It began with a blasé comment from my flatmate. Until then I’d happily pick up my Metro every morning without a thought – pleased with my freebie which doubled up as both a tool for distraction and an occasional weapon.
‘You know it’s part of the Daily Mail.’
‘What?’ I scoffed, sceptically.
‘No, seriously – look at this.’ And via the power of Google there he stood brandishing the proof. Smug bastard!
I gulped. ‘You mean I’ve effectively been a… [wretch] a… [wretch]… a Daily Mail reader for the past five years?’
I shuddered with the realisation. I had to question a lot about myself that week…
I hadn’t given it much thought again until last week, when I spotted an advert from TFL’s latest campaign, professing: ‘The newspaper you’re reading is rubbish’ – you’ve got to love that double entendre!
I looked into it a little further, in case TFL shared my thoughts on the Daily Mail – unfortunately they don’t appear to, but it did highlight this: how many times have you, like me, preparing a swift exit off the Tube, squashed your paper between the seats or rolled it up and plonked it behind you in anticipation of the next passenger – without a thought of where all those neatly stacked morning Metros end up? According to TFL, last year there were 327 litter-related incidents such as delays, signal failures and suspensions caused simply from newspapers and litter making their way onto tracks, jamming doors and signalling equipment.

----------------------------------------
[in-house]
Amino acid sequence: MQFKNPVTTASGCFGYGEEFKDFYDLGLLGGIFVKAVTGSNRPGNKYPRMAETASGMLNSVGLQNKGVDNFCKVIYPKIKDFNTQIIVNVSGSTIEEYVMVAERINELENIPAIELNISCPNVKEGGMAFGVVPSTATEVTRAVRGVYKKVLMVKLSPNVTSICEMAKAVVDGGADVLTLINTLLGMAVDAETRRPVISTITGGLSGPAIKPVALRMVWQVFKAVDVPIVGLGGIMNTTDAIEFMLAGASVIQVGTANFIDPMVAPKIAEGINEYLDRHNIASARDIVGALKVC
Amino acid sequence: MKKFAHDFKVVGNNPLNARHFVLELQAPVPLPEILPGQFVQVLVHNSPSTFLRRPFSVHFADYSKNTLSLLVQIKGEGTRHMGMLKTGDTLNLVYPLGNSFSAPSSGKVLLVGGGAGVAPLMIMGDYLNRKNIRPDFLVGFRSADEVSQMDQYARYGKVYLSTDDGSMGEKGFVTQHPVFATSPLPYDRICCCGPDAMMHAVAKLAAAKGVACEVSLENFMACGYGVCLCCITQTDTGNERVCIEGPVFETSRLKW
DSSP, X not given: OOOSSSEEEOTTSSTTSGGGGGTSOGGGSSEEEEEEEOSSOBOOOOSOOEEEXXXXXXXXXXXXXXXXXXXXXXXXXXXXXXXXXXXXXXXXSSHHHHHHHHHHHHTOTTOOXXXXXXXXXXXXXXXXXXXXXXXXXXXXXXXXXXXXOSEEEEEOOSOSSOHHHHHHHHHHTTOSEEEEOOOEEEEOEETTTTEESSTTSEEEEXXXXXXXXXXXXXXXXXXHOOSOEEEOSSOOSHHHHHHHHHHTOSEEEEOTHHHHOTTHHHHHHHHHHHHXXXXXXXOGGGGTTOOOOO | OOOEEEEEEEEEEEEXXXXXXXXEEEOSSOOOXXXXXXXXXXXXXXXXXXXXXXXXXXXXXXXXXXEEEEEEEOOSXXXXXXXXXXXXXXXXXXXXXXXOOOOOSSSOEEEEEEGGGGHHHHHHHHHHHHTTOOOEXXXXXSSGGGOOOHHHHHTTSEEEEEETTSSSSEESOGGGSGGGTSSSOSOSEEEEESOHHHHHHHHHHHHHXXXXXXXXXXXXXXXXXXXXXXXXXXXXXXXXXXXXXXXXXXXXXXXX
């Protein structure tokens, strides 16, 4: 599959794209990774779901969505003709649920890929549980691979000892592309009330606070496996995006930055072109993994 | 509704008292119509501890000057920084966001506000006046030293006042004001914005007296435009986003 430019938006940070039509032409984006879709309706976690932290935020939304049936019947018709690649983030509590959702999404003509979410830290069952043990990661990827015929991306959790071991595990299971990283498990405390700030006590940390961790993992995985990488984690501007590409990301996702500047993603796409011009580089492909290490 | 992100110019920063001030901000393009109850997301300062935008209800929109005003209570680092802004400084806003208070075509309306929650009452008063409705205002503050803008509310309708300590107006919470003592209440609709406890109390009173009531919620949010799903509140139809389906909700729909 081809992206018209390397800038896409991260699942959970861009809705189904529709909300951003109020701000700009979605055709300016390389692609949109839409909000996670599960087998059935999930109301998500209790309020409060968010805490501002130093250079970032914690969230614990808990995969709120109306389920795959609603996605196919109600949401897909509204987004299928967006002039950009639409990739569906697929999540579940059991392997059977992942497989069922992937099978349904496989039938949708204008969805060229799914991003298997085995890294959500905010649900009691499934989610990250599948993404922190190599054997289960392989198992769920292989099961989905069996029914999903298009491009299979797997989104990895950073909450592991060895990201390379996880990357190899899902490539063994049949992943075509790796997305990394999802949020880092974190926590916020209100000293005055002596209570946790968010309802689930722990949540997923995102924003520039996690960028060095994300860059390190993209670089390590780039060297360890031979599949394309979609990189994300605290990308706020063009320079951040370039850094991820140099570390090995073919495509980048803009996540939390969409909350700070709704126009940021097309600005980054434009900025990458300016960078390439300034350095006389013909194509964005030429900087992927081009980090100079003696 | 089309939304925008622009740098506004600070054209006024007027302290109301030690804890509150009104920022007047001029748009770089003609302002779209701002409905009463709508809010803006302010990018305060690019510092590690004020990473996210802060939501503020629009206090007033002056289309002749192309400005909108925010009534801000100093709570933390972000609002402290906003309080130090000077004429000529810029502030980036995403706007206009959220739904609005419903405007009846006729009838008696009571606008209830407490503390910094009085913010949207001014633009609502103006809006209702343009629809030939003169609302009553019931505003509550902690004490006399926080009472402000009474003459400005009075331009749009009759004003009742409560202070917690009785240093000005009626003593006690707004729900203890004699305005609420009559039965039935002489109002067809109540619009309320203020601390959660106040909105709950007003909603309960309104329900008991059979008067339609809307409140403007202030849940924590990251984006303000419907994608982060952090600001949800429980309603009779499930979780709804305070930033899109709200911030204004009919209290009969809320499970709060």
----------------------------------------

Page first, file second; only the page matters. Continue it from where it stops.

And it’s not just trains and Tube trains – hop on a bus after a hurricane of school kids and you’ll understand why penny-counting pensioners are no longer the bus drivers’ number one nemesis: newspapers scattered everywhere like large deposits of confetti – bulky, ill-coloured confetti, with no sense of occasion at that. It’s not a pleasant sight. It seems unfitting that as a generation of recyclers we are all guilty of abandoning papers, wiping our hands of them and passing the responsibility onto someone else.
Although I can empathise with those who may want to toss the paper into the lap of the nearest passenger when you realise its in league with the Daily Hate, your paper could be one of those which cause those f-word delays.
So next time you reach for a freebie, take your paper to work with you, pop it under your arm in a quintessentially gentlemanly manner or look out for a recycling bin – because the paper you’re reading may very well be rubbish.